[R Jones, pp 125-151; Jones & Jones, pp 250-270; Chrétien, lines 2473-5366.]

4 The hero engages in a final adventure, the details of which need not concern us here.  (Chrétien’s account is very long; the Welsh version is very short.)

[R Jones, pp 151-156; Jones & Jones, pp 270-273; Chrétien, lines 5367-6958.]

I now turn to a climactic point in the story, towards the end of Part 3.  I invite the reader to choose which account is more effective in its artistry – the Welsh or the French.

The Welsh:

Exhausted by his fights with giants, and appearing to be dead or dying, Geraint has been laid down in the hall of Earl Limwris, with his wife Enid and the earl himself nearby. The earl tries to persuade Enid to abandon Geraint and to live with him, and in the meantime to accept his food and drink.  As she refuses him, he gives her a “box on the ear”.  This is what happens next, in the Welsh version:

[Enid] gave a great sharp-piercing shriek, and made outcry far greater then than before, and it came into her mind that were Gereint alive she would not be boxed on the ear so.  With that Gereint came to himself at the echoing of her shriek, and he rose up into a sitting posture and found his sword in the hollow of his shield, and hastened to where the earl was and struck him a keen-forceful, venomous-painful might impetuous blow on the crown of his head, so that he was cloven, and so that the table stayed the sword.  Everyone then left the table and fled out.  And it was not fear of the living man that was greatest upon them, but the sight of the dead man rising up to slay them.  And then Gereint looked on Enid and a double grief came over him: the one to see how Enid had lost her colour and her mien, and the other was that he knew her to be in the right.  ‘Lady,’ said he, ‘dost thou know where our horses are?’  ‘I know,’ said she, ‘where thine own went, but I know not where went the other.  To yonder house thy horse went.’  He then came to the house and fetched out his horse, and raised Enid up from the ground and set her between him and the saddlebow.  And away he went.

[Jones & Jones, page 269; cf R Jones, pages 149f]

And the couple make good their escape.

We see here that Geraint’s priority is not to comfort Enid immediately but to organise their escape – and indeed, Enid is practical too, telling Geraint where his horse can be found.  Note that the solid basis of their relationship is revealed by their prompt actions and their few, apposite words.  (Contrast Chrétien’s treatment of the matter, below.)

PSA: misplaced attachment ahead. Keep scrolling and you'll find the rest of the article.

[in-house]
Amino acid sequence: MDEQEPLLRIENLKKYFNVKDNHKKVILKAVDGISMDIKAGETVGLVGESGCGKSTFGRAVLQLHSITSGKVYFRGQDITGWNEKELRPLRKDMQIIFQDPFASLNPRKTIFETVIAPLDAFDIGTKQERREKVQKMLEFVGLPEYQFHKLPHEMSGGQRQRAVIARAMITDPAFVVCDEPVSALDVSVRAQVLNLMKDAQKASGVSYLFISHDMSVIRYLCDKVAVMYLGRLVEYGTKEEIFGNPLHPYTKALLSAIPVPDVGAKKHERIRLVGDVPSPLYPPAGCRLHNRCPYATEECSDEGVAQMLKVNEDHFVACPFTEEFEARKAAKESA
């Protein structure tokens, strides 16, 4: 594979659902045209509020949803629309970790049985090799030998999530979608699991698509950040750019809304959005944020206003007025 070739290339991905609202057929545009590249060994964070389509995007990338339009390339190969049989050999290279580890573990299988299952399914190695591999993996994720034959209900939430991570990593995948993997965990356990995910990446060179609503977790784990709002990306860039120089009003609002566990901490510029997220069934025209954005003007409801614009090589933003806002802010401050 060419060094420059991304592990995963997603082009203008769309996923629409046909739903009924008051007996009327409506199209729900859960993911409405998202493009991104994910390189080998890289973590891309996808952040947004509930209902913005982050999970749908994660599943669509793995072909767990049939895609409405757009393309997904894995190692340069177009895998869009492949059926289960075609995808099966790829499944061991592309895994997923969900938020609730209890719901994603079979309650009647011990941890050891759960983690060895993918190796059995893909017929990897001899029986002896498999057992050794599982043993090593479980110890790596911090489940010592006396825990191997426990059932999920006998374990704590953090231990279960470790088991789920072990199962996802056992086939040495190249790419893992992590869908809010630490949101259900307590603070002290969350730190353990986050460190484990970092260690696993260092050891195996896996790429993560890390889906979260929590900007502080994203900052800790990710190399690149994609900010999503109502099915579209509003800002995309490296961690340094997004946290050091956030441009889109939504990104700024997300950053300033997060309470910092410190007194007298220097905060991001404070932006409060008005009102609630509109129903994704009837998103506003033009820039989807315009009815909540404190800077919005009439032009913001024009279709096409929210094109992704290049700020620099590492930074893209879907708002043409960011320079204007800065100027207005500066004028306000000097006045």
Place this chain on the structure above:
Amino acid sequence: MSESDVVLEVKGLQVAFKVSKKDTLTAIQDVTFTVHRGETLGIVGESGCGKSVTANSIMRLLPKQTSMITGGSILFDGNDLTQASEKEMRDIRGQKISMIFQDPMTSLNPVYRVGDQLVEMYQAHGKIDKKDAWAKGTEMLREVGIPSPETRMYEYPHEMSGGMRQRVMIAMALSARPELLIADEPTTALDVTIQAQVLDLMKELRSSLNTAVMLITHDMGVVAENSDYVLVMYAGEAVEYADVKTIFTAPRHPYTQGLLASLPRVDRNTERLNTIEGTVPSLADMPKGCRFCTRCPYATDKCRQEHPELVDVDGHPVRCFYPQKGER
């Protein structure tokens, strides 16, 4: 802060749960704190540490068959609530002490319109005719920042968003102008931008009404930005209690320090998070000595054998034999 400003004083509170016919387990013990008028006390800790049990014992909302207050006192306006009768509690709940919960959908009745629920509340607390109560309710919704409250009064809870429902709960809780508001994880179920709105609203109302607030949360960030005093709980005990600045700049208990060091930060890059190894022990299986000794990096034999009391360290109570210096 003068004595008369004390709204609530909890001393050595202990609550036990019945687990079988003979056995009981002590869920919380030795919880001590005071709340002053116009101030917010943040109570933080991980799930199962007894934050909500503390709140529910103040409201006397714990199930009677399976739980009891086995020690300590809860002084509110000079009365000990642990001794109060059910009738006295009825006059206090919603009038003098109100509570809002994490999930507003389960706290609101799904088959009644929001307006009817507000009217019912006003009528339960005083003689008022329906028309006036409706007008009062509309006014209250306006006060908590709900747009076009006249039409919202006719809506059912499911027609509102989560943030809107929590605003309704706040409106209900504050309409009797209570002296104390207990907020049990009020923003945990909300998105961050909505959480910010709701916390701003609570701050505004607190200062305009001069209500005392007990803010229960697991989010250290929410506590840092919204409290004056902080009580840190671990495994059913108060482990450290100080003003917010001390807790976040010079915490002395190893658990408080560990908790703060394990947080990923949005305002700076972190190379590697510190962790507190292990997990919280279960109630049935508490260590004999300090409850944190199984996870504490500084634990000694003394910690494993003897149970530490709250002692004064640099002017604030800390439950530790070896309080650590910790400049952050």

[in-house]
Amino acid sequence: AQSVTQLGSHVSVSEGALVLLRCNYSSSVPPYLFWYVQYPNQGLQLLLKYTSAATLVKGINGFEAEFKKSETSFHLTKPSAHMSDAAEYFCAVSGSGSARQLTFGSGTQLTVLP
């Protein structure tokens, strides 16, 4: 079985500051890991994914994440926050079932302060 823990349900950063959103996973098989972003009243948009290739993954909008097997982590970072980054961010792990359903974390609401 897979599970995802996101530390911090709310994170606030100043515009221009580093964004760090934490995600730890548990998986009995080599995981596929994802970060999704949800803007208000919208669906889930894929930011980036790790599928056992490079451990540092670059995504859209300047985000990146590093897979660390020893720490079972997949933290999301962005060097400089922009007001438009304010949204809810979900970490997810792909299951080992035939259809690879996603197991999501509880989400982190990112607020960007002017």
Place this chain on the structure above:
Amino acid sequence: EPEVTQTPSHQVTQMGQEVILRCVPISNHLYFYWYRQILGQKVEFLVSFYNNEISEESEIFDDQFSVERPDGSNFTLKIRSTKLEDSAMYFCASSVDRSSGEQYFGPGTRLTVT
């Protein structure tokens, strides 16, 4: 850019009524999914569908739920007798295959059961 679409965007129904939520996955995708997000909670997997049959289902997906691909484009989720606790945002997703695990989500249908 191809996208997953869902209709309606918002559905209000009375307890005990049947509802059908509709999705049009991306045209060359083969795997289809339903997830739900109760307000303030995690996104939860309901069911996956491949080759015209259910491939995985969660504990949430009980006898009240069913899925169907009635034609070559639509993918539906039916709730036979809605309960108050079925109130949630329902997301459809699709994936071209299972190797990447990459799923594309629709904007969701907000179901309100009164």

In the French, the context is similar.  The Count of Limors wants to take Ėnide for himself.  He orders her to eat and drink, and, as she refuses, he strikes her, twice:

In the middle of these arguments and disputes, Erec recovered consciousness like a man waking from sleep.  It was no wonder if he was startled to see the people around him; but when he heard his wife’s voice, he was troubled and filled with grief.  Getting down from the dais, he quickly draws the sword.  Anger and his love for his wife give him courage.  He runs over to where he sees her and strikes the count on the head, beating out his brains and knocking in his forehead without any word or challenge, so that his blood and brains go flying.  The knights leap up from the tables, all thinking this is a devil come in here amongst them….

[Owen, lines 4851ff, page 64]

The hero’s change of behaviour is marked by the passage that commences thus:

The count was slain at his meal.  Then Erec, carrying his wife away, embraces and kisses and comforts her.

[Owen, lines 4914ff, page 65]

And Ėrec adds soothing words but (remarkably) fails to accept all the blame for their situation, as shown by this sentence:

“And if you’ve ever spoken ill to me, you have my forgiveness and pardon for both the offence and what you said.”

[Owen, ibid]

How dare he say this?  He adds insult to injury!

In my opinion, Chrétien’s description is bland, whereas the Welsh version is lively.  The latter also conveys more pathos, as the feelings of Enid and Geraint, respectively, are vividly conveyed.  The account of the escape of Ėrec and Ėnide is long and drawn out, as a look at the full text reveals, whereas that of Geraint and Enid is short and to the point.

I would argue, both on the basis of this episode and on my reading of both versions of the whole tale, that the Welsh version, though much shorter than the French, is the superior of the two.

Indeed, Geraint can be seen as following (on a smaller scale) the pattern of Homer’s Achilles in the Iliad, insofar as (first) he exhibits petulance when his pride is hurt and (secondly) he repents and changes his course when he is moved by grief.  In accordance with this approach, the Welsh tale can be taken as a mini-epic.  But on another view, the story has a heroine – Enid – rather than a hero!  Seen in this way, the tale is a romance.

References

Jones, G and Jones, T (1949) (translators), The Mabinogion, London: J M Dent & Sons (Everyman).

Jones, R M (Bobi) (editor) (1960), Y Tair Rhamant, Aberystwyth: Cymdeithas Lyfrau Ceredigion.

Owen, D D R (1987) (translator), Chrétien de Troyes: Arthurian Romances, London: J M Dent (Everyman).